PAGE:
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Lewis Wickes Hine (1874–1940) was the first social documentary photographer. He spent his career photographing work and workers, from exposing the exploitation of child labor for the National Child Labor Committee (1908–1918) to emphasizing the dignity of adults working through his "work portraits" in the 1920, Hine created the notion of "social photography."Hine's photographs represent the first time social science methodology was used together with photography to document the conditions under study. Unfortunately, when Progressivism (1880–1920) ended, Hine's fortunes turned. After some notoriety gained from both his Empire State Building photographs, which resulted in his only published book, Men At Work, and his 1938 retropsective at what is now the Brooklyn Museum, Hine died in poverty in 1940. See below for links to find information on Lewis Hine and the institutions he worked for.
On this page you will find links to help your research. Feel free to contact me at firstname.lastname@example.org with any questions about Lewis Hine or to read an academic manuscript.
Authored by Dr. Kate Sampsell:
Lewis Hine as Social Critic (Jackson: Univ. of Mississippi Press, 2009) is the first full-length monograph on Hine.
Entry for Hine, Lewis W. (1874–1940) in Oxford University Press's Grove Art Online (paywall)
"Lewis Hine, Ellis Island, and Pragmatism: Photography as Lived Experience," Journal of the Gilded Age and Progressive Era 7 (Spring, 2008).
"Student-Centered Reading of Lewis Hine's Photographs," The History Teacher 47 (May, 2014): 387–419.
"Waiting for Hasan: Lewis Hine, Service Learning, and the Practical Pedagogy of American Studies" in Eileen Lundy and Ed Lundy, eds., Practicing Transnationalism (Austin: Univ. of Texas Press, 2016), chapter 9.
Other Links (You may find information on all this material in Lewis Hine as Social Critic):
Private (in chronological order):
Society for Ethical Culture Lewis Hine began photographing while he was a teacher at New York's Ethical Culture School. While there, he taught Paul Strand, whom he introduced to Alfred Stieglitz during a tour of the gallery 291.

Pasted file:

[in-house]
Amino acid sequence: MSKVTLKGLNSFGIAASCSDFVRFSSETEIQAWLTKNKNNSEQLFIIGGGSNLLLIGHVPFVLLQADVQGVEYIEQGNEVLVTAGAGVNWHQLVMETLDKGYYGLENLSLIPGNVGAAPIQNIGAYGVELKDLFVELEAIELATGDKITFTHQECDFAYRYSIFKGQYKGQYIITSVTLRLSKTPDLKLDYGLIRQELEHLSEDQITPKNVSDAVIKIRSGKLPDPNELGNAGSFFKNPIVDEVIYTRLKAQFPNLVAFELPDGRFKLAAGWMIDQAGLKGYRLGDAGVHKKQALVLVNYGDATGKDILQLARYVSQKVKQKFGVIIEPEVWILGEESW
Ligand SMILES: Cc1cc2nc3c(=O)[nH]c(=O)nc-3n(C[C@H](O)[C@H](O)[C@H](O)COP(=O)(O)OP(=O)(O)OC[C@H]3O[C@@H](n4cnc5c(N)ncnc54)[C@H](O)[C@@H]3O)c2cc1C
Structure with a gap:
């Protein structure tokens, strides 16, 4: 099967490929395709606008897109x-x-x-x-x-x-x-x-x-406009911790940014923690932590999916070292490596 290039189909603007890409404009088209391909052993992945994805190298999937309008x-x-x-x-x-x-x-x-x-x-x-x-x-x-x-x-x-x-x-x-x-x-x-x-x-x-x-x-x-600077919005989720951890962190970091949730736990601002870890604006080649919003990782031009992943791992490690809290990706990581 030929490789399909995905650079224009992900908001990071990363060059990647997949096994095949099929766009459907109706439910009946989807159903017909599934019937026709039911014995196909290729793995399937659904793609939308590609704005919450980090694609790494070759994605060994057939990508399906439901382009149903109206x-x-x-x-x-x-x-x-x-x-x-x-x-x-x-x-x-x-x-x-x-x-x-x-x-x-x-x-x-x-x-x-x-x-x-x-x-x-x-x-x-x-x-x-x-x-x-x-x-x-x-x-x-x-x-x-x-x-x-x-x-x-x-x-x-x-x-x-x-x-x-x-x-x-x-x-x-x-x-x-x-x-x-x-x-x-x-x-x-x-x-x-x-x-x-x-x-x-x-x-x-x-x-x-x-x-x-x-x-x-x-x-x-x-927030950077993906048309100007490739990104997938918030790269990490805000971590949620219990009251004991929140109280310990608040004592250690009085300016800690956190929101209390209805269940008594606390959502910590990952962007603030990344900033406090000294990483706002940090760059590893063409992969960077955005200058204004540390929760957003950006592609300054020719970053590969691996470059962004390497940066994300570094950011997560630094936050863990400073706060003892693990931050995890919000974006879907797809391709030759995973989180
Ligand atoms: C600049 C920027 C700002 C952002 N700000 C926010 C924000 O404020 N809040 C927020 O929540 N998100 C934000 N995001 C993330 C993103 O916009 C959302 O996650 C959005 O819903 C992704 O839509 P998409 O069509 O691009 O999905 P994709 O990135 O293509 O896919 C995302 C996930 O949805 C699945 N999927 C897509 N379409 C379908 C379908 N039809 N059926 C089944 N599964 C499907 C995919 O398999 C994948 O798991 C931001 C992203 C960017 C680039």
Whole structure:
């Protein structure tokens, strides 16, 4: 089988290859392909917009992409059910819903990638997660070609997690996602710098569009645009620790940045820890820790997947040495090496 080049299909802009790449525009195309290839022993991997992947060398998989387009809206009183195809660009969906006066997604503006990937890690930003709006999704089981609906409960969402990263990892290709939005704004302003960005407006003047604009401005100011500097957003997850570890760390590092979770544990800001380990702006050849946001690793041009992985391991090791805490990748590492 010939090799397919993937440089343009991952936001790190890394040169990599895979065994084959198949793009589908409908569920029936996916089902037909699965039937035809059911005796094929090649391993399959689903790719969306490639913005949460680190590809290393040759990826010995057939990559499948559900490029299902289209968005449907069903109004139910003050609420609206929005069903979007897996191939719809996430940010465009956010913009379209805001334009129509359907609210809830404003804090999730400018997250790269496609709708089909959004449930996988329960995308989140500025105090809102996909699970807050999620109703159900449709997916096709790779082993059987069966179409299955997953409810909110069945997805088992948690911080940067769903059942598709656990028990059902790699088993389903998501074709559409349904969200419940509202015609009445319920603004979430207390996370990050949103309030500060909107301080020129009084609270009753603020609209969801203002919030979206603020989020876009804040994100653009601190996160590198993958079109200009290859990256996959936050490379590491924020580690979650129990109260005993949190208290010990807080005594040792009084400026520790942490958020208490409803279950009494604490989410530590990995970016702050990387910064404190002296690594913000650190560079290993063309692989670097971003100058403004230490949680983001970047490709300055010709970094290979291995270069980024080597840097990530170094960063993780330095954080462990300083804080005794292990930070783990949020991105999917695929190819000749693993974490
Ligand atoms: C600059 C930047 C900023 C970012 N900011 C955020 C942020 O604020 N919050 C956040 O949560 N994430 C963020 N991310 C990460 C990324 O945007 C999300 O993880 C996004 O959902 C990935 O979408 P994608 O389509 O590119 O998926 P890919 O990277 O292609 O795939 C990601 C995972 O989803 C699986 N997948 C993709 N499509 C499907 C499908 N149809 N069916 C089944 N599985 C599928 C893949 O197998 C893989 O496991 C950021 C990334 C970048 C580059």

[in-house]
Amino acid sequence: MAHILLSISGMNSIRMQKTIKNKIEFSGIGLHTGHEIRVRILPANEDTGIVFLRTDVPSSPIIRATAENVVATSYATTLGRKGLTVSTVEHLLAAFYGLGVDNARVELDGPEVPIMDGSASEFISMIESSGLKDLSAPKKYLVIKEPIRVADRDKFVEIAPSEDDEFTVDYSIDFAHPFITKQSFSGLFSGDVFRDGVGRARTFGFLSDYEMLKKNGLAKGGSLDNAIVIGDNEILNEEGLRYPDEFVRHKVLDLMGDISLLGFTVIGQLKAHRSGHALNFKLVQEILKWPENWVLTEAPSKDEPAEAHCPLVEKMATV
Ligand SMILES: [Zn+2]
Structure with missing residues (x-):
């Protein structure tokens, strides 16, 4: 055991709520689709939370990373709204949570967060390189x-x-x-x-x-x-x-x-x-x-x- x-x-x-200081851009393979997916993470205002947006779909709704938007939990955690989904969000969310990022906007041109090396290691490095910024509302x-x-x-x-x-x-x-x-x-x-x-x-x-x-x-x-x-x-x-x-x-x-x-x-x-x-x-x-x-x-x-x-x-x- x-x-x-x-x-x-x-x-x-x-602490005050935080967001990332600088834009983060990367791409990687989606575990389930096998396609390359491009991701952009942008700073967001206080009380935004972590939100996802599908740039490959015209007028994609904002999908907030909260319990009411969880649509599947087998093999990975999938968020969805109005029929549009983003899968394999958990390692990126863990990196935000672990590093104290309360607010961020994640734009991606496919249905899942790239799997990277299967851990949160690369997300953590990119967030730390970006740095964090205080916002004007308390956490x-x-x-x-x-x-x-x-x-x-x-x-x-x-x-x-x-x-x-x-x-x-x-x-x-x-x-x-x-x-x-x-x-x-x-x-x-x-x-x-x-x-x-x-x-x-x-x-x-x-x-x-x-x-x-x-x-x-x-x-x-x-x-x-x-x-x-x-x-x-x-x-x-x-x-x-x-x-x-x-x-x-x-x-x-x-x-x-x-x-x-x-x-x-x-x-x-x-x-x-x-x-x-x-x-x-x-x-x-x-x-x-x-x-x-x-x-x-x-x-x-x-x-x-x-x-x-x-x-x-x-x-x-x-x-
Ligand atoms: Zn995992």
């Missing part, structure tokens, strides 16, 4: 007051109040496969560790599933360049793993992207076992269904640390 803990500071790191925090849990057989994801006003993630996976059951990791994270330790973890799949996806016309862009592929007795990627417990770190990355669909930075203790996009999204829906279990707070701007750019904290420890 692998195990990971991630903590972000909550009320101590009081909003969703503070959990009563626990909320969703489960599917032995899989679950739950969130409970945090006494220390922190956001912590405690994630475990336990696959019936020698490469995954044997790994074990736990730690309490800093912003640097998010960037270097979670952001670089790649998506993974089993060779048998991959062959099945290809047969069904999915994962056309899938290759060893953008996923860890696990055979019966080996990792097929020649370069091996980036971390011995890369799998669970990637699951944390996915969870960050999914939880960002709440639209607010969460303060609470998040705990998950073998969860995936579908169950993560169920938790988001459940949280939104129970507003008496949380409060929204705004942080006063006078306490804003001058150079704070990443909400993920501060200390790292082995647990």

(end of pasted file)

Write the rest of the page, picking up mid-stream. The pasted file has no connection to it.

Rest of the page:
Pittsburgh Survey Lewis Hine was the official photographer recruited by Paul and Arthur Kellogg.
NCLC Hine was director of information for the National Child Labor Committee.
Survey Graphic The Kelloggs maintained contact with Hine and often printed his work. This link is to The Survey, Survey Graphic's immediate predecessor, which often featured Lewis Hine's photography.
American Red Cross Hine photographed for American Red Cross in 1918 in Europe and in the South in 1930–1931, documenting relief and identifying its need in the great drought.
Empire State Building (NYPL) Hired by Al Smith in 1930, Hine's published selections from the series for Men at Work, his only book.
Shelton Looms Hine made "work portraits" as part of his "interpretive photography" for Sidney Blumenthal.
TVA Hine was the first photographer hired for the Tenneessee Valley Authority.
REA Rural Electrification Administration
PWA Public Works Administration
NRP National Research Project (and the New Deal at the National Archives)
The George Eastman House holds most of Hine's papers and negatives.
The Library of Congress holds Hine's photographs for the NCLC and American Red Cross.
The U.S. National Archives holds all of the photographs Hine made for the U.S. Government and some for the NCLC
UMBC has an excellent collection of Hine's political montages.
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